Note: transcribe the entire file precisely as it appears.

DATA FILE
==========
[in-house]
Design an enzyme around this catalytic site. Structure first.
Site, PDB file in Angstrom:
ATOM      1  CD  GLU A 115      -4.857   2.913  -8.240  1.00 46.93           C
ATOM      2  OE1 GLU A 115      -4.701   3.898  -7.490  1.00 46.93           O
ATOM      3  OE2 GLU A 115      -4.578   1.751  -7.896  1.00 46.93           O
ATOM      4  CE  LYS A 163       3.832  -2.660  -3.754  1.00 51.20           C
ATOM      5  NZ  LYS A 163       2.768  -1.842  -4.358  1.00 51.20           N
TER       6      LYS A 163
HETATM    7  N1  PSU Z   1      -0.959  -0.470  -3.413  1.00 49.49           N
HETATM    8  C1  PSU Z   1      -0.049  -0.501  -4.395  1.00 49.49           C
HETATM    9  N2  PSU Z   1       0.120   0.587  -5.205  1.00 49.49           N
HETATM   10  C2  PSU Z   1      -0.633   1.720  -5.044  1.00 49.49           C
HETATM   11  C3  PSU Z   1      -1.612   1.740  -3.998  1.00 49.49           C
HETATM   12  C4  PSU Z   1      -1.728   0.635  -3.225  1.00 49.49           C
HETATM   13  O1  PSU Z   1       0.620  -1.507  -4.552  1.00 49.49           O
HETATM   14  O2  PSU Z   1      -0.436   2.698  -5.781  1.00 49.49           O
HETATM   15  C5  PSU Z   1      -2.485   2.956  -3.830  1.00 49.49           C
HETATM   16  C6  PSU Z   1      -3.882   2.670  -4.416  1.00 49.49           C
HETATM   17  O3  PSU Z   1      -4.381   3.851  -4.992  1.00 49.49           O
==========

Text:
[in-house]
Design an enzyme around this catalytic site. Structure first.
Site, PDB file in Angstrom:
ATOM      1  CD  GLU A 115      -4.857   2.913  -8.240  1.00 46.93           C
ATOM      2  OE1 GLU A 115      -4.701   3.898  -7.490  1.00 46.93           O
ATOM      3  OE2 GLU A 115      -4.578   1.751  -7.896  1.00 46.93           O
ATOM      4  CE  LYS A 163       3.832  -2.660  -3.754  1.00 51.20           C
ATOM      5  NZ  LYS A 163       2.768  -1.842  -4.358  1.00 51.20           N
TER       6      LYS A 163
HETATM    7  N1  PSU Z   1      -0.959  -0.470  -3.413  1.00 49.49           N
HETATM    8  C1  PSU Z   1      -0.049  -0.501  -4.395  1.00 49.49           C
HETATM    9  N2  PSU Z   1       0.120   0.587  -5.205  1.00 49.49           N
HETATM   10  C2  PSU Z   1      -0.633   1.720  -5.044  1.00 49.49           C
HETATM   11  C3  PSU Z   1      -1.612   1.740  -3.998  1.00 49.49           C
HETATM   12  C4  PSU Z   1      -1.728   0.635  -3.225  1.00 49.49           C
HETATM   13  O1  PSU Z   1       0.620  -1.507  -4.552  1.00 49.49           O
HETATM   14  O2  PSU Z   1      -0.436   2.698  -5.781  1.00 49.49           O
HETATM   15  C5  PSU Z   1      -2.485   2.956  -3.830  1.00 49.49           C
HETATM   16  C6  PSU Z   1      -3.882   2.670  -4.416  1.00 49.49           C
HETATM   17  O3  PSU Z   1      -4.381   3.851  -4.992  1.00 49.49           O